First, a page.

ization, and go as far as to
suggest that we disband.
Suffice it to say that we feel
that we were unjustly accused,
and deem it unnecessary to ex
tend our reply further.
The AWS Cabinet
Play Tickets on Sale
Beginning Today
“Dark Victary” box office op
ens today, 10 a. m. Johnson
hall. Phone 3300—extension 210
for reservations.
Greek, Independent Nominees
Announced for Frosh Election
Jive, Books
oih on Tap
At Canteen
Jive hounds are asked to bring
tlieir record collections and join
the crowd at the ASUO Canteen
opening this Saturday at 7 p. m.,
third floor, Gerlinger hall, Nancy
Ames, ASUO president, said Wed
nesday in announcing the opening
of the canteen.
Marty Beard, junior in liberal
arts, is in charge of the canteen.
She will be assisted each Satur
day by six official coed hostesses.
This Saturday's hostesses will be
Marjorie Leask, sophomore in lib
eral arts, and Betty Boyle, fresh
man in liberal arts, from Laurel
lodge; Mary Sherman and Cecile
Noreen, sophomores in liberal
arts, Delta Gamma; Joyce Clark,
sophomore in liberal arts, and
Phoebe Smith, junior in liberal
arts, from Phi Beta Pi.
A reading library and current
magazine selection as well as the
radio-phonograph will be supplied.
The canteen is open to all soldiers
and civilians on the campus.
Weekend Tilts May
Avenge (JO Defeats
Oregon’s Webfoots will be out
to avenge the twin defeats they
suffered at the hands of the Wash
ington Huskies when the Huskies
arrive on the campus tomorrow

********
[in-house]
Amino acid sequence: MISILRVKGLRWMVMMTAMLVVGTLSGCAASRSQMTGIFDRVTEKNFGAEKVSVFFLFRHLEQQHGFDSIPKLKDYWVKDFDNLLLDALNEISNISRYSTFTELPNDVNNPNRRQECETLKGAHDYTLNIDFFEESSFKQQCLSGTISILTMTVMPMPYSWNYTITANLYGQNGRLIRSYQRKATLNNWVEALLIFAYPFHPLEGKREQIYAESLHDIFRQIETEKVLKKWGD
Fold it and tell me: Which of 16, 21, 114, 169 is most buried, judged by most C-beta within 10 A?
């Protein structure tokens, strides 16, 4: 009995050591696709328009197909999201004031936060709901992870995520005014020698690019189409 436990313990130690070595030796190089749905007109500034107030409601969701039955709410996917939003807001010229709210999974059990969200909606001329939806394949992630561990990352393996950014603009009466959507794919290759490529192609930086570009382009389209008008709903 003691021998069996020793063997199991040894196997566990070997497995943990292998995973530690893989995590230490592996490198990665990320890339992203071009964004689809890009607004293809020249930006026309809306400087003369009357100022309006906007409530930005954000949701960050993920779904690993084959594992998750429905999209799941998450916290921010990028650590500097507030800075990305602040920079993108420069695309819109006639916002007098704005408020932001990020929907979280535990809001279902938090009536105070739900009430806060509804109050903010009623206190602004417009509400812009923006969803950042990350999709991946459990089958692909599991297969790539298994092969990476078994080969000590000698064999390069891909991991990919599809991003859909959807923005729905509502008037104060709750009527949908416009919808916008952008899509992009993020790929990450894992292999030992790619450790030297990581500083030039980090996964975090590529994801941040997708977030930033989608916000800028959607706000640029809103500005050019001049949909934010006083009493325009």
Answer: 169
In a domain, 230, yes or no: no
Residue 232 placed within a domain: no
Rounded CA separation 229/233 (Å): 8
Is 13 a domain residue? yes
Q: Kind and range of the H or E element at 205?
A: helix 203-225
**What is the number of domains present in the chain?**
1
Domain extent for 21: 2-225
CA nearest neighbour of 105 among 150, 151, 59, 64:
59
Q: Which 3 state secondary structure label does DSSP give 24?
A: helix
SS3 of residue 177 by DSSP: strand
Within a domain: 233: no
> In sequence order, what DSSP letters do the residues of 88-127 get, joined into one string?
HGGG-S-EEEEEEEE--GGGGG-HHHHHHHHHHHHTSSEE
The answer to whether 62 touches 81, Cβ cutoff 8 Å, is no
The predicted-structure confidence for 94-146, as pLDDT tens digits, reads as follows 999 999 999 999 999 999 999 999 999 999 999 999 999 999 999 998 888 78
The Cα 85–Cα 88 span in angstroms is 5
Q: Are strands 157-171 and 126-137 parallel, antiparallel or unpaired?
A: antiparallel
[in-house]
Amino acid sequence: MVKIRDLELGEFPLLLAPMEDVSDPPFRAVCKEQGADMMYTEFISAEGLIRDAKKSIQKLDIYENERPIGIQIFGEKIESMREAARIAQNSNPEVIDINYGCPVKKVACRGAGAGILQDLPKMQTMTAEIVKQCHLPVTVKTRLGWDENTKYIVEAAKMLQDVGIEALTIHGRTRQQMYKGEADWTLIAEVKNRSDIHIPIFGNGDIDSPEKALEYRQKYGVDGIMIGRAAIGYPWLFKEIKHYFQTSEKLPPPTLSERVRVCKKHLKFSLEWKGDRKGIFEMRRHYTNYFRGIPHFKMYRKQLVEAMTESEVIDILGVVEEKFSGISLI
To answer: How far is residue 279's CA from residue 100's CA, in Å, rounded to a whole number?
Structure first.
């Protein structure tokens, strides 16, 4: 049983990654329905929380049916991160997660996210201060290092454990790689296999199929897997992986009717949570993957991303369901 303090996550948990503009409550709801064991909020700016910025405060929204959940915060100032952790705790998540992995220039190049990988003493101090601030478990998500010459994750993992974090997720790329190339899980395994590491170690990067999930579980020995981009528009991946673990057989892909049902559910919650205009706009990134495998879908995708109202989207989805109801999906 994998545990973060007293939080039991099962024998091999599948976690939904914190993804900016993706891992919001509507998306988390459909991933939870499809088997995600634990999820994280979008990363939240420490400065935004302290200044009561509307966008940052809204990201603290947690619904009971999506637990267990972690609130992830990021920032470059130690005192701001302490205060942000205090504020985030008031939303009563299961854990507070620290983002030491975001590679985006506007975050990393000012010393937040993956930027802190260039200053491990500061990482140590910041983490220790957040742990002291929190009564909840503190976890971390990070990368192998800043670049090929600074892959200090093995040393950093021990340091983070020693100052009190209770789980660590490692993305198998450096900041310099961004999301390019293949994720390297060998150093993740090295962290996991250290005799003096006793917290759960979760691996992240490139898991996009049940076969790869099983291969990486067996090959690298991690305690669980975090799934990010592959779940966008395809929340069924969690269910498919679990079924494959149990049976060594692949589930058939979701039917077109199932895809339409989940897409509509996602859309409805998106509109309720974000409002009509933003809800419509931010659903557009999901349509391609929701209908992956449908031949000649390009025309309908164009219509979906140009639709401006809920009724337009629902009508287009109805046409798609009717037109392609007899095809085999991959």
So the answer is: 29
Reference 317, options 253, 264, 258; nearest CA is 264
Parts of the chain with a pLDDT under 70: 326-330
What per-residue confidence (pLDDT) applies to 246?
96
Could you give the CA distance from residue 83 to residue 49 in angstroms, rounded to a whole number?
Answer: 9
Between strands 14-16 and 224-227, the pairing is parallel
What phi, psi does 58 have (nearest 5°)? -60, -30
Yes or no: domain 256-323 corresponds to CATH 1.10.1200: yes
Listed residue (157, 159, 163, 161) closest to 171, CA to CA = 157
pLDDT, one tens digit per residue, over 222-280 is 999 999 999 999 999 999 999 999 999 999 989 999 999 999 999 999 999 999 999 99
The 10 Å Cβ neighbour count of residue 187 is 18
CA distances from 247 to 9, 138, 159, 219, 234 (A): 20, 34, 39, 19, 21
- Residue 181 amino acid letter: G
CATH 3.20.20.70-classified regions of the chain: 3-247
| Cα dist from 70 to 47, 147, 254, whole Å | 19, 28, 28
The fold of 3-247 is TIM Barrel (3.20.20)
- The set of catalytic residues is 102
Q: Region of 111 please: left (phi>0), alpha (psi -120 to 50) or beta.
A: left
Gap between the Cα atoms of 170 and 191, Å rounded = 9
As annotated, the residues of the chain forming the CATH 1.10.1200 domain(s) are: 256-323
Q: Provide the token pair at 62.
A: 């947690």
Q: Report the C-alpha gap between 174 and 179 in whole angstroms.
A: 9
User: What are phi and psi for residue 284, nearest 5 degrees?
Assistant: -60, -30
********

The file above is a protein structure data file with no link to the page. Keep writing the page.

for the final two games of their
annual four game series. These
final games will be played Friday
and Saturday nights.
Conditions will be different for
these games when the Webfoots
(Please turn to page three)
Freshmen will get their first taste of Oregon politics when
they meet tonight in Gerlinger hall to nominate officers ami
adopt a constitution. The meeting will be held in the women’s
gym at 7:30 p. m.
No nominations have been turned in to Harry Skerry;
vice-president of the ASUO, but Jean Taylor, Greek bloc lead
Odeon Show
Set for April 6
Saturday, April S, will-bo the
date of Odeon, the annual creative
art show, it was decided at a.
meeting; of the Odeon committee
Tuesday night in Friendly hall.
Material to be read, played,
sung, or exhibited, may be sub
mitted to judges now, according
to Norris Yates, student chairman
of the event. Deadlines will be
announced later.
Judging will not be in the na
ture of a contest, Yates declared,
but its purpose is to insure a rea
sonable high quality among the
Among the examples of crea
tive art expected to be submitted
aer original short stories, essays,
poems, and plays; songs, and in
strumental musical compositions;
fashion designs and patterns; ex
amples of painting, sculpture, and
ceramics; and master dance rou
The judging committee will
consist of groups of students, each
headed by a faculty member. An
over-all faculty committee tenta
tively composed of Mrs. A. B.
Ernst, Dr. Robert Horn, W. F. G.
Thacher, George Hopkins, and
Arnold Elston will have charge
of the final selection of exhibits.
The heads of the student judg
ing committees will be: Dr. Rob
ert Horn, essays; W. F. G. Thaeh
er, short stories; Mrs. A. H, Ernst,
plays and poetry, and as yet unan
( Phase turn to page four)
First Oregon Chinese,